Intervention adaptation results

Based on formative data from FGDs in the community, adaptations were made to the DPP curriculum. All 16 core content sessions were maintained but condensed into 8 in-person sessions and culturally adapted to align with practices of the Bangladeshi community [15]. For example, sessions focused on mindfulness included Islamic teachings, incorporated by guidance from ASHA. Sessions on exercise focused on home exercise programs. For females, the education focused on how to increase aerobic activity while doing house chores. Diet recommendations were modified to focus on schedules and portion control rather than diet substitutions, adjustments to native dishes, and management of diet during Islamic holidays. Format adaptations included requiring participants to bring a support partner to enhance social support and reducing in-person sessions to every other week (8 in person sessions, 8 phone check-in sessions). All sessions were in English, and an interpreter was available at each in-person session to assist when needed. See Supplemental Table 1 for a full list of adaptations.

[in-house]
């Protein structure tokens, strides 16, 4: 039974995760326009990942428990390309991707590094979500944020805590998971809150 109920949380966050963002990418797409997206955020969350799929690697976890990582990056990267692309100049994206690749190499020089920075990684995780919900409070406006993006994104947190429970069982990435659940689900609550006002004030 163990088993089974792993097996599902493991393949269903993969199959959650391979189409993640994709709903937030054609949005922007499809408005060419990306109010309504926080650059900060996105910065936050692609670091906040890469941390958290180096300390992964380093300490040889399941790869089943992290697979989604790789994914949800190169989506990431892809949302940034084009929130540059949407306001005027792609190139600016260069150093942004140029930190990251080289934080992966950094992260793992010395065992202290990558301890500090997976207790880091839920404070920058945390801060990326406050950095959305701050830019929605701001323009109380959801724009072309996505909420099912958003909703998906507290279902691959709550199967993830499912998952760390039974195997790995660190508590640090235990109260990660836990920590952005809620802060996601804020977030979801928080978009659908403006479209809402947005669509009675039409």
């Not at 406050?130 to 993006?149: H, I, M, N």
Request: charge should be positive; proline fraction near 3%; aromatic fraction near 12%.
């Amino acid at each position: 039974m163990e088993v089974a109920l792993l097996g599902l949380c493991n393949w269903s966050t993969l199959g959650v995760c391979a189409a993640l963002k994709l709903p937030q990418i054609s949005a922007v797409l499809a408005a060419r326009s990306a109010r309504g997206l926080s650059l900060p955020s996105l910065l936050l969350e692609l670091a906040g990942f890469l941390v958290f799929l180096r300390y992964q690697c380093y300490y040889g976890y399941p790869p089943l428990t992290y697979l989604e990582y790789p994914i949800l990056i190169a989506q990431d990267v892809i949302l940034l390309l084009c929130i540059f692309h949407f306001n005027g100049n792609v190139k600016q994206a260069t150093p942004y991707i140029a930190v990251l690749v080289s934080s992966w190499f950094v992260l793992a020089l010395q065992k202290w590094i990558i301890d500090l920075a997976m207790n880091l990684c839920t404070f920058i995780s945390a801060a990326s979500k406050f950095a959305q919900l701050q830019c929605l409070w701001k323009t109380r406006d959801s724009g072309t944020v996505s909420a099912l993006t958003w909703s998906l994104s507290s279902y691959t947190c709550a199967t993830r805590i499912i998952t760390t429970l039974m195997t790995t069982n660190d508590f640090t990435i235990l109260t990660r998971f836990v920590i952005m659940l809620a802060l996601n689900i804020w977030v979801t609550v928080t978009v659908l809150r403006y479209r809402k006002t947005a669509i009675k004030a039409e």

Intervention trial results

Figure 1 demonstrates eligibility and enrollment of participants. Twenty-nine adults were identified as eligible, based on physician referrals and electronic health record data. When contacted, one was reported not having diabetes or prediabetes, and 4 declined, giving no reason for declining. Ten declined for other reasons including transportation barriers (4), work conflict with the time of the group sessions (3), and out of the country during the study period (3). Seven dyads, (3 male/female married couples, 1 father/son, 1 mother/daughter, 2 same gender peers) consented and enrolled in the feasibility study, DoST (Diabetes Stops Together) (clinical trials: NCT03861546). Two dyads, one married couple and 1 same gender peer dyad, dropped out of the study during the intervention period, one reported health reasons, and another reported a change in schedule thus, could no longer attend in-person sessions. Among the dyads that dropped out, 2 had diabetes and 2 had prediabetes (see Fig. 1 and Table 2).

Fig. 1
figure 1

Modified CONSORT flow diagram for DoST Intervention